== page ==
Some people plan well in advance for the holiday shopping season. They come up with a savings plan early in the year, and when the time comes to shop or plan a trip, they pay for everything outright. Others aren’t as fortunate.
A credit card can become your best friend if you don’t have cash for holiday-related expenses. And like some people you might get so caught up in the holiday shopping frenzy that you forget one important thing: you have to pay back your creditors.
Post-holiday debt woes often surface when the first credit card statement arrives in January. You can’t change the past if you got in over your head buying gifts and spending money you didn’t have, but there are ways to avoid carrying this debt into the new year.
1. Give the card a break
To tackle debt in the new year, the first thing you have to do is stop charging. But don’t just stop using the card, remove it from your sight. A month of swiping your credit card can be the beginning of a costly bad habit. And if you don’t have self-control, keeping the card in your wallet is a recipe for disaster. Remove cards from your wallet and put them in a safe place. The more charges added to your account, the harder it’ll be to dig yourself out of a hole.
2. Decide which debt to tackle first
If your holiday purchases were spread over several cards, decide which card to pay off first. You can pay off both cards simultaneously, but another approach is focusing on the credit card with the highest interest rate regardless of the balance (avalanche method), since this debt costs more in the long run. You’ll pay more than the minimum on this credit card while making minimum payments on your other cards. Once you’ve paid off the card with the highest interest, redirect these payments to the credit card with the next highest interest rate.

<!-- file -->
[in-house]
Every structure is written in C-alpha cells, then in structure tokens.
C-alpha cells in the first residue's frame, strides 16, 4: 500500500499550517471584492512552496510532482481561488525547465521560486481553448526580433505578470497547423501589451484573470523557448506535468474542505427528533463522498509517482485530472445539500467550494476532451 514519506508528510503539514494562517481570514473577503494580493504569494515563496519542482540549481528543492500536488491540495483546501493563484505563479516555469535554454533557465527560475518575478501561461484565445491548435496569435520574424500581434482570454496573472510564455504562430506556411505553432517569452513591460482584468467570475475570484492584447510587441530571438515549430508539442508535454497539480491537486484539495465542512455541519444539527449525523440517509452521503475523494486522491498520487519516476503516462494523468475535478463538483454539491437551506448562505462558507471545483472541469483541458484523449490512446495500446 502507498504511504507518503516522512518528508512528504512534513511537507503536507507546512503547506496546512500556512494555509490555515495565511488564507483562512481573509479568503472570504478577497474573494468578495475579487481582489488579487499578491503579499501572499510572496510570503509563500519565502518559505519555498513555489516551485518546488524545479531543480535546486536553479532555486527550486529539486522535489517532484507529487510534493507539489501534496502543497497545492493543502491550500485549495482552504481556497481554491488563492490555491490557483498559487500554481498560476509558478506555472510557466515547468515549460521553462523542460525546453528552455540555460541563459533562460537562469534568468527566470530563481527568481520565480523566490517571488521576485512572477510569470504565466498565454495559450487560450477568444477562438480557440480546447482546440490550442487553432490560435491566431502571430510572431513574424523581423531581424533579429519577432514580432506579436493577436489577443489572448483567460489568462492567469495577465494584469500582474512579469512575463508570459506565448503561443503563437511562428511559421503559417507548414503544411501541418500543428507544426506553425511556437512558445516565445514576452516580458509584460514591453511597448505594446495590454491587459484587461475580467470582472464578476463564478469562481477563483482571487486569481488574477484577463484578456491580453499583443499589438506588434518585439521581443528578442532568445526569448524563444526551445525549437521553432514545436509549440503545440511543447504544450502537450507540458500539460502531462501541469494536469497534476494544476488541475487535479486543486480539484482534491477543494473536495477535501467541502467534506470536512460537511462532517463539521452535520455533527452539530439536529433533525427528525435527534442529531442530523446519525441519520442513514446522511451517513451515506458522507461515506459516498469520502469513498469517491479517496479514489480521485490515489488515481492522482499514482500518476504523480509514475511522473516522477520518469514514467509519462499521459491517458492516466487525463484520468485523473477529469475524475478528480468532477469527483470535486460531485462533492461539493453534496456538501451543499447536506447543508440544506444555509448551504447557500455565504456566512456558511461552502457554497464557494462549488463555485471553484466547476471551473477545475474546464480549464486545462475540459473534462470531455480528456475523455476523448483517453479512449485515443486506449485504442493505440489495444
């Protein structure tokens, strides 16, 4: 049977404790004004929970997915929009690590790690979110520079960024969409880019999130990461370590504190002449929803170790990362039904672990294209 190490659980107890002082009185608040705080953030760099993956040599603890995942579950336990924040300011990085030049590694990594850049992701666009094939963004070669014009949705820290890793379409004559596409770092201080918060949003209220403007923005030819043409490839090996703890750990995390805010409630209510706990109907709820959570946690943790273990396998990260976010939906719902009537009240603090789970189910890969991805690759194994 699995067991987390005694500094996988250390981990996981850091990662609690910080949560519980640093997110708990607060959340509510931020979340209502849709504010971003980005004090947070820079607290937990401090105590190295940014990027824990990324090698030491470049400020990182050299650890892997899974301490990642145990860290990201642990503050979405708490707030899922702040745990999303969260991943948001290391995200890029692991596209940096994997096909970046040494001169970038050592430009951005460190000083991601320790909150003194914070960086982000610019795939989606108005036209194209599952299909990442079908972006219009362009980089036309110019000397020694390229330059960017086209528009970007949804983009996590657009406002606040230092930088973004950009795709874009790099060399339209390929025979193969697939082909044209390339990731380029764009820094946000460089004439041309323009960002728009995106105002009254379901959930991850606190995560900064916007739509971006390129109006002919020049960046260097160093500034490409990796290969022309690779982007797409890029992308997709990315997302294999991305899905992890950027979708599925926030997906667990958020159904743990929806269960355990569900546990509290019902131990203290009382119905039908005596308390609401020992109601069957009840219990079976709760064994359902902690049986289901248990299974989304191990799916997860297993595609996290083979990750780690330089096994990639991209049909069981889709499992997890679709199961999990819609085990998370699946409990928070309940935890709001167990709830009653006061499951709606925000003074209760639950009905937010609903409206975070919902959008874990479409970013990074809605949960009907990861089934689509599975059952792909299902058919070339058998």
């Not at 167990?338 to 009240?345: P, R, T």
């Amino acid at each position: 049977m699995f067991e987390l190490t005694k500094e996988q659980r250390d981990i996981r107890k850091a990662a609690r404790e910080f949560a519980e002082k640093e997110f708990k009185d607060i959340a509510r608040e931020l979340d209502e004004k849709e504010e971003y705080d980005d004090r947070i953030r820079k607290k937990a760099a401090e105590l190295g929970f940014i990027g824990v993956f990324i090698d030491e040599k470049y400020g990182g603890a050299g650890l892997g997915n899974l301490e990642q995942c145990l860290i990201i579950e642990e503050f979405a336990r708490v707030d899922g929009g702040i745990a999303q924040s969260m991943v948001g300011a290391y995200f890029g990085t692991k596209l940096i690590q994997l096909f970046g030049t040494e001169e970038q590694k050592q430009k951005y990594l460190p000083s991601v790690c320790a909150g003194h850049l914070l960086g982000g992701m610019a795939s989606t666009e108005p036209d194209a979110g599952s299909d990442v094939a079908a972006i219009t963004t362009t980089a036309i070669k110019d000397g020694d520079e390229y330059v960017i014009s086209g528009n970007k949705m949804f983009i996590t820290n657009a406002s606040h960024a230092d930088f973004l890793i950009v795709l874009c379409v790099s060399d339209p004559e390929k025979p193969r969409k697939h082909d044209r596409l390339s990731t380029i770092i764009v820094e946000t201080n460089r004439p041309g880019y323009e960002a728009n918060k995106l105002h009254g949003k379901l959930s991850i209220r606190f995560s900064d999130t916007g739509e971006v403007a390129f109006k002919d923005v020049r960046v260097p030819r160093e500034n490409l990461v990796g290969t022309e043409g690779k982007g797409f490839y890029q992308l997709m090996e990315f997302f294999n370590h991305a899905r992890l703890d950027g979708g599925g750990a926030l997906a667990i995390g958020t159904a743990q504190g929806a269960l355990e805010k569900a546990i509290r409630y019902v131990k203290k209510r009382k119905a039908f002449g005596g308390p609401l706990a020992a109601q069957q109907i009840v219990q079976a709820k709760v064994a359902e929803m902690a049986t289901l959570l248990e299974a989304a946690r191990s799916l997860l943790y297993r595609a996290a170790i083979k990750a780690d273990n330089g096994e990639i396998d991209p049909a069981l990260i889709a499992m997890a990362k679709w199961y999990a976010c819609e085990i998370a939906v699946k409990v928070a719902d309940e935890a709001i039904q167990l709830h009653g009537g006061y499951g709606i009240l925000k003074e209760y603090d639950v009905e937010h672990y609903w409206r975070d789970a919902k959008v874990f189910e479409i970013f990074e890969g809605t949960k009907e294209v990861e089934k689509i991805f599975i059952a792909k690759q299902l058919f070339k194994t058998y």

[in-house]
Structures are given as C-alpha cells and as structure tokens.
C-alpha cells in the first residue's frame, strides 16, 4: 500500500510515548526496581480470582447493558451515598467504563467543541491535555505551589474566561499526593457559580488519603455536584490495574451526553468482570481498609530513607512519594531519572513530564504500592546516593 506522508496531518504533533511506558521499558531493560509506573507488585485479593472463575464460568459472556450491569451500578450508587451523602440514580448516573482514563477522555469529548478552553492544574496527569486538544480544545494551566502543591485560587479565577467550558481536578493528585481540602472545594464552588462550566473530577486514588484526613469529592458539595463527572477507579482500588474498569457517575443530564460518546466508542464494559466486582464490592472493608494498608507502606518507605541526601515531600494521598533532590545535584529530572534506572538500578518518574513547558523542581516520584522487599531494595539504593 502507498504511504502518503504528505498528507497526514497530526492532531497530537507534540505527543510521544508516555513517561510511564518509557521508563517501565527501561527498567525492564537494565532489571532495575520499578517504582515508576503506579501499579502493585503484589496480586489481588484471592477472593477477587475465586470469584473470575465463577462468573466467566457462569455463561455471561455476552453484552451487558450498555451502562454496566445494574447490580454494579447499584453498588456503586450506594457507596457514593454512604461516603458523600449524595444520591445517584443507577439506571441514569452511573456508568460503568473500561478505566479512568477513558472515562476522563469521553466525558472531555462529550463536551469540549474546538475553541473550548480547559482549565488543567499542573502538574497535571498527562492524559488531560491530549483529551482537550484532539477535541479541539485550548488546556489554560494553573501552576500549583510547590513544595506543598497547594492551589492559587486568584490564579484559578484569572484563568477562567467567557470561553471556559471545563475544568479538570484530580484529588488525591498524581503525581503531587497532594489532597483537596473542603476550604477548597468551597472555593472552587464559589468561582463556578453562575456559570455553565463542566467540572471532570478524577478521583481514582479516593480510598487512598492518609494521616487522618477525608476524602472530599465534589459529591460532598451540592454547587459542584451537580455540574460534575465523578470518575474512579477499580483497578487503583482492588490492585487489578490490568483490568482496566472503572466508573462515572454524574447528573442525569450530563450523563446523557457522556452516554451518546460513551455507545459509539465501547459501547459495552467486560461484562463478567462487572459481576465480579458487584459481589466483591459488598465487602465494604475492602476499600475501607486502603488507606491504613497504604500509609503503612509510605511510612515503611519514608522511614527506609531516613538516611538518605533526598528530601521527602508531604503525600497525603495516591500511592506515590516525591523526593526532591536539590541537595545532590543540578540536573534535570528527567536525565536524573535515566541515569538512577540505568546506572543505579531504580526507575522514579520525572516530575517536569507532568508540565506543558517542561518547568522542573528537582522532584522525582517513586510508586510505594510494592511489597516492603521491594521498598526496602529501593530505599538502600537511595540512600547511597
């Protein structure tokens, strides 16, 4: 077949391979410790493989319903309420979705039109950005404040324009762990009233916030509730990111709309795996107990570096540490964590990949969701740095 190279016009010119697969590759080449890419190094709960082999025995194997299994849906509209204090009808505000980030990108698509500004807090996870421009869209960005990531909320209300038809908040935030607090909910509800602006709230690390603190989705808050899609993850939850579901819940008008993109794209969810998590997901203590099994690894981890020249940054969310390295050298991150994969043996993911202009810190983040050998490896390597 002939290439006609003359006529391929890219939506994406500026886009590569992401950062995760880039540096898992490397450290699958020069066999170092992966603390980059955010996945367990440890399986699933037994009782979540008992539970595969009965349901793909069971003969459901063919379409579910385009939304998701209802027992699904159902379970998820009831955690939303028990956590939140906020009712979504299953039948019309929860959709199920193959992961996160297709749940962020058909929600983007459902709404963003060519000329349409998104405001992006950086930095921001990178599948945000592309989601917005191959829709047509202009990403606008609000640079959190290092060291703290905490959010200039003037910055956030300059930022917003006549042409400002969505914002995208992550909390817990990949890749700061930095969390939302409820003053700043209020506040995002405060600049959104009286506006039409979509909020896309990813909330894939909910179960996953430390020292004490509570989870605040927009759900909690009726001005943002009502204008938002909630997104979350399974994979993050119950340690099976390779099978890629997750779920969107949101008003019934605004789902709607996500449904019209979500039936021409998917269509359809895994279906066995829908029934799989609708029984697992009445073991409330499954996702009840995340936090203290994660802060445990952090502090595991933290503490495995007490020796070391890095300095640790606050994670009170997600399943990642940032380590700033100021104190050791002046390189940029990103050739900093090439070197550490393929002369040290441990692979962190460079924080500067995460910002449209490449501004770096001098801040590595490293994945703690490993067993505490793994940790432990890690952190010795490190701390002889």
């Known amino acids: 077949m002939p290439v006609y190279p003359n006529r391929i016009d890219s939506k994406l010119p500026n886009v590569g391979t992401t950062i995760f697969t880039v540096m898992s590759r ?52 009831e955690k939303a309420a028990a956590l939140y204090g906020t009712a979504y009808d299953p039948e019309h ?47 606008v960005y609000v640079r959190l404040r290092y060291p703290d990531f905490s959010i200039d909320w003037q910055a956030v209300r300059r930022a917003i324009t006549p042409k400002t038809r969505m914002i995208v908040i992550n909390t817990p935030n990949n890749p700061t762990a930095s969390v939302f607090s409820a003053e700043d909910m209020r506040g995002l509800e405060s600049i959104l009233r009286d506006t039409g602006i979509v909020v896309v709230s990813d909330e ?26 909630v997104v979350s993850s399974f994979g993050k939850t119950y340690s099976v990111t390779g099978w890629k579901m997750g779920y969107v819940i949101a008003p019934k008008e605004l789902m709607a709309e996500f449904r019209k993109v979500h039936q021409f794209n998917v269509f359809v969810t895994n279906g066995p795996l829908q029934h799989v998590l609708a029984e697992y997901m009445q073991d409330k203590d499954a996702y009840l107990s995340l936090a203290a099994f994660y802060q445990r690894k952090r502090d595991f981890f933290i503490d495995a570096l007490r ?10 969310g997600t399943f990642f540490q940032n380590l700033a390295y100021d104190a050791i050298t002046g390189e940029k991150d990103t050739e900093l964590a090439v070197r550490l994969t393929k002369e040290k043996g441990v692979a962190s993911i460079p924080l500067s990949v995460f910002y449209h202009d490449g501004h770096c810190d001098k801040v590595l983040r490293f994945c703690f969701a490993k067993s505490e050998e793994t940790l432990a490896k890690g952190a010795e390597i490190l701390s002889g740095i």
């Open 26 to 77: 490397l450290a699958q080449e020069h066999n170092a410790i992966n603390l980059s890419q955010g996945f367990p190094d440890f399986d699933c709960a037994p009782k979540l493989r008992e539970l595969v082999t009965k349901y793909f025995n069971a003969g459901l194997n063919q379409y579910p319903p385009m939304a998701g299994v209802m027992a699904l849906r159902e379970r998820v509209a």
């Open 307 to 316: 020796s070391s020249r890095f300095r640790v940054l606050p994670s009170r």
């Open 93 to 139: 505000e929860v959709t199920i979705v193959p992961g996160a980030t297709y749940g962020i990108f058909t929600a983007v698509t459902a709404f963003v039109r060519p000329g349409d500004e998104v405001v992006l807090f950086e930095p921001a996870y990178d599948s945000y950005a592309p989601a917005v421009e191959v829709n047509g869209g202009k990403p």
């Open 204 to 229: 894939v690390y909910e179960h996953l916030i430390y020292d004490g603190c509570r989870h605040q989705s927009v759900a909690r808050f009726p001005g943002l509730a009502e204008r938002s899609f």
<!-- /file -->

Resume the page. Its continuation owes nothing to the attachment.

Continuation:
However, if you need a little momentum or a psychological push, focus on the debt with the lowest balance first (snowball method) regardless of the interest rate. Since you can usually clear this debt easier and faster, there’s a sense of accomplishment which can motivate you to tackle other balances.
3. Trim the financial fat
Some people rely on credit during the holiday season because they don’t have extra cash lying around. If you didn’t have cash then, you probably don’t have cash now. However, you don’t have to watch helplessly as the interest adds up. Get creative and find extra cash in your budget by looking for money leaks. These are recurring unnecessary expenses that you probably don’t think about, yet they can add up to hundreds of dollars.
A money leak could be the premium cable package you’re paying for, despite the fact that you don’t watch half the channels in the package. Or maybe it’s the high utility bill you’ve become accustomed to, yet you can easily lower this expense by making a few energy-efficient adjustments, such as weatherstripping doors and windows and caulking cracks. Money leaks can also include avoidable ATM fees.
Go through your bank statements or use Personal Capital (free budgeting tool) to get a better idea of where every dollar goes and then look for ways to cut back. You have to know where your money goes before you can come up with a plan to eliminate post-holiday debt.
4. Use reward points to pay for charges
Check to see if your credit card has an option that lets you pay off charges by redeeming reward points for statement credit. Even if you don’t have enough points to pay off holiday charges in full, maybe you can knock down the balance and jump start the process
5. Transfer your balance
Applying for a new credit card might be the last thing on your mind. But depending on the interest rates you’re currently paying, you might get rid of post-holiday debt quicker by applying for a 0% interest balance transfer credit card and transferring your balances to the new card. Some credit cards offer this introductory rate for the first six to 12 months or longer. Zero percent interest is a godsend because the credit card company applies every cent of your monthly payments to the principal.
Credit card debt is a unfortunate reality for most people after the holiday season, but don’t let it get you down. Getting ahead of your debt requires a game plan, a commitment, and sacrifices. After you’ve eliminated debt, the next step is coming up with a strategy to avoid credit card debt next year. Determine how much you typically spend during the holiday season. Divide the amount by the number of months left until next December, and then set this amount aside every month. Since you’ve already taken steps to reduce expenses, stick with these savings habits after you’ve erased the debt, and use this money to save for next year.